Even more remarkable – across the country, on average – by the time students spend four or more years in charters, they are really out in front of their traditional public school counterparts. In math the charter students have about an equivalent of 43 extra days of learning in math and 50 days in reading.

Things look even better when we look at states with stronger charter school programs. When CREDO examined the above average charter system in Louisiana in 2013, the researchers found that by the time students spend four or five years in the Louisiana charter system, they generally outperform traditional public school peers by about 180 days of learning in both reading and math. That is the equivalent of a full extra year of schooling.

CREDO found similar results in another report on New York City’s charters. In math, by year four, the benefit of going to a Big Apple charter school worked out to about 216 extra days of learning once you apply the scales used in the Louisiana report.

So, one remarkable lesson to be learned from CREDO’s graph above is that charters need some time with students before the better performance of these schools of choice becomes obvious. However, once students spend sufficient time in charters, generally two or more years according to the graph above, the benefits start to become notable. This becomes rather dramatically true in better-run charter programs like Louisiana’s.

There is another important take-away from the graph. Any report on charter schools that lumps all charter students together, including first-year students, won’t fairly reflect what charters are capable of producing. This fact of life explains why a number of reports don’t show much if any advantage for charter schools.

As a note, CREDO isn’t the only group that has examined the impact of charters on students over time. A 2009 study by the Boston Foundation also found that students who spent more time in Boston Massachusetts’ charters did progressively better over time compared to their traditional public school counterparts.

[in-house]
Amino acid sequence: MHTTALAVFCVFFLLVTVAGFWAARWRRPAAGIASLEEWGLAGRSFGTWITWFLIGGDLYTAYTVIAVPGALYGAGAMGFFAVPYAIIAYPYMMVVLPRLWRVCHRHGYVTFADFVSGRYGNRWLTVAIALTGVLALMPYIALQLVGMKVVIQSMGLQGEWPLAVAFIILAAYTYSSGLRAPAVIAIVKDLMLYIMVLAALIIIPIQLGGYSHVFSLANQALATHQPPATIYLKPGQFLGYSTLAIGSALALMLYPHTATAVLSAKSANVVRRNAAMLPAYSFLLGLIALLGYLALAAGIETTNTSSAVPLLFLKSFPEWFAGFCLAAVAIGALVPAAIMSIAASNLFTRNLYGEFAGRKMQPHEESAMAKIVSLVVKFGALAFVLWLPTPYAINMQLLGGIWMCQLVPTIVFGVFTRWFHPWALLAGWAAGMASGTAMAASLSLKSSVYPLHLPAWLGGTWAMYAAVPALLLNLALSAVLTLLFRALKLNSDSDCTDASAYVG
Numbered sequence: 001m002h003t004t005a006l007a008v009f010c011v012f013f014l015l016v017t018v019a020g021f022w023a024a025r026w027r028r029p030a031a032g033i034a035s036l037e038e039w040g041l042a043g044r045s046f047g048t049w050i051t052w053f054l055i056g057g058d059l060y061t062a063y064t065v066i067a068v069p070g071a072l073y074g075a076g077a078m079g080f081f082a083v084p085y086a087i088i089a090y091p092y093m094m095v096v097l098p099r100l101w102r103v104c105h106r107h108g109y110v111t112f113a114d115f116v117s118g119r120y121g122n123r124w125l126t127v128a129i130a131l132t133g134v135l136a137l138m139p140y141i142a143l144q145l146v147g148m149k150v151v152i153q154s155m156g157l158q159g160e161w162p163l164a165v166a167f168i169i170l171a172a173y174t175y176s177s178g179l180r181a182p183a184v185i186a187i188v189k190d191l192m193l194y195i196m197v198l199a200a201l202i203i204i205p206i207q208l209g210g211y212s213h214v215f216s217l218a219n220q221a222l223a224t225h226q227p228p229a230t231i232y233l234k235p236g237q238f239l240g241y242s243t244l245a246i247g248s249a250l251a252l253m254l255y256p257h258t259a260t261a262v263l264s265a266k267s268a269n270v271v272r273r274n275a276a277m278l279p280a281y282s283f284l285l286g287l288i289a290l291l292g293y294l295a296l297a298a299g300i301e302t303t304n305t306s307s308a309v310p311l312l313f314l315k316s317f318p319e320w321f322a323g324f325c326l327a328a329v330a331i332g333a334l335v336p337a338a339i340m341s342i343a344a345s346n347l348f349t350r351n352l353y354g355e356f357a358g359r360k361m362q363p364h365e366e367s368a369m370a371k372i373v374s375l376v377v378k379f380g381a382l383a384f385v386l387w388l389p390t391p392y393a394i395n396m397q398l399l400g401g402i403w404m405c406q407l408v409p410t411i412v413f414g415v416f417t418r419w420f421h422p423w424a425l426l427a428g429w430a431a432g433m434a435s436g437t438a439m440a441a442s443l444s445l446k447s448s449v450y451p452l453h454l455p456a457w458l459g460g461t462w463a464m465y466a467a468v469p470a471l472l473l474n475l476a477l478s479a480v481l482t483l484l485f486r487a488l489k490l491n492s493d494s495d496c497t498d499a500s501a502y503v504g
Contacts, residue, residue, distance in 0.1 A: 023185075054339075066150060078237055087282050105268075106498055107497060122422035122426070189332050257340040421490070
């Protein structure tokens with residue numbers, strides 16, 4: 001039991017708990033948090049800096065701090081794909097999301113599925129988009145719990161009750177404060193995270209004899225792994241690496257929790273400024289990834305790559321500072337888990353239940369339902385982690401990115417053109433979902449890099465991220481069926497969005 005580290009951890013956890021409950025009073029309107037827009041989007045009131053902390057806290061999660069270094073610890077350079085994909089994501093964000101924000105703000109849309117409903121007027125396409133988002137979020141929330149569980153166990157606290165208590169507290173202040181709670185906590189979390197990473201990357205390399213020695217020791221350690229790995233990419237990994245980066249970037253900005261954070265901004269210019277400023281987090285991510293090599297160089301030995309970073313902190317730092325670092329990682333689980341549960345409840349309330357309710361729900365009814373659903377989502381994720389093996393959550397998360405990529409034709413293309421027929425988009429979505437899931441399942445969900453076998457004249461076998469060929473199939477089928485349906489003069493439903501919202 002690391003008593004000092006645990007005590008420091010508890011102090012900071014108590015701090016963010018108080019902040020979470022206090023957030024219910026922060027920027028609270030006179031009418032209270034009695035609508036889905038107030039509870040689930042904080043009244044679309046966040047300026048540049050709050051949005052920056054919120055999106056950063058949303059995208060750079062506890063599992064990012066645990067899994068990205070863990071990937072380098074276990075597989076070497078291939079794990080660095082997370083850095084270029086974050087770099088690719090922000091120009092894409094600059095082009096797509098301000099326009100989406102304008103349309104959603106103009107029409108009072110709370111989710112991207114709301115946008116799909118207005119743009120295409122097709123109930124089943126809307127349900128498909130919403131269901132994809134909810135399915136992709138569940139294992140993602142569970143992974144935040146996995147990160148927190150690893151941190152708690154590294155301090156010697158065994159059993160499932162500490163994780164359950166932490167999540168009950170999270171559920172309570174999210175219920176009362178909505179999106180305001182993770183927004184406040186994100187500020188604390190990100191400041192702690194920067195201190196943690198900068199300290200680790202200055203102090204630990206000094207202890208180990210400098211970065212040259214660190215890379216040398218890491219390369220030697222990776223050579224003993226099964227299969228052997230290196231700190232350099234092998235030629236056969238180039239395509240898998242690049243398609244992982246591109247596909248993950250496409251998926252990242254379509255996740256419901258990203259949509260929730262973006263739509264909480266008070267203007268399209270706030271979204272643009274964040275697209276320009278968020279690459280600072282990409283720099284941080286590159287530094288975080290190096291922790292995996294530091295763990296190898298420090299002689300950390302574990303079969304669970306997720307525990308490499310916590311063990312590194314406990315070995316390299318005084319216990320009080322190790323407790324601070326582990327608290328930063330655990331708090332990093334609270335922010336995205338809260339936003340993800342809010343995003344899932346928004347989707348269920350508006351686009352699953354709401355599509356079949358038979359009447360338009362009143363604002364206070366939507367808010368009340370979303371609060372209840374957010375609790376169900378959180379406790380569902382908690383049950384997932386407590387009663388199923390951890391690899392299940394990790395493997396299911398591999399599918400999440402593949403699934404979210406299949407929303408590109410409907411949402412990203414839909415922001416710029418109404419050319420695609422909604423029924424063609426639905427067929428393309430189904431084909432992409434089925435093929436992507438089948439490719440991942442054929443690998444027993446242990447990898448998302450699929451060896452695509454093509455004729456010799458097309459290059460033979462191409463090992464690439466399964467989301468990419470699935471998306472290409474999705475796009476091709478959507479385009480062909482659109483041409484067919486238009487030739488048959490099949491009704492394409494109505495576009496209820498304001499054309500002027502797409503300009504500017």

If a schooling model can take kids who are notably behind and move them a year or more ahead of their counterparts in the traditional schools, it is time to bring that important educational tool to Kentucky. Many of the Bluegrass State’s students are underperforming and could use the boost that well-run charter school programs are providing across the country and in major cities like New York City and Boston. It is irresponsible not to offer our students this option.


  1. This is really interesting, it sounds like charter schools have real benefits. That’s interesting that it takes around two years for the benefits to really take place, but they are still there. I guess you can’t expect a student to excel with only one year in a charter school.


  1. […] data from the 2013 Center for Research in Educational Outcomes (CREDO) study make it clear that when students spend more than a year in a public charter school – especially if that student is from a low-income family or a […]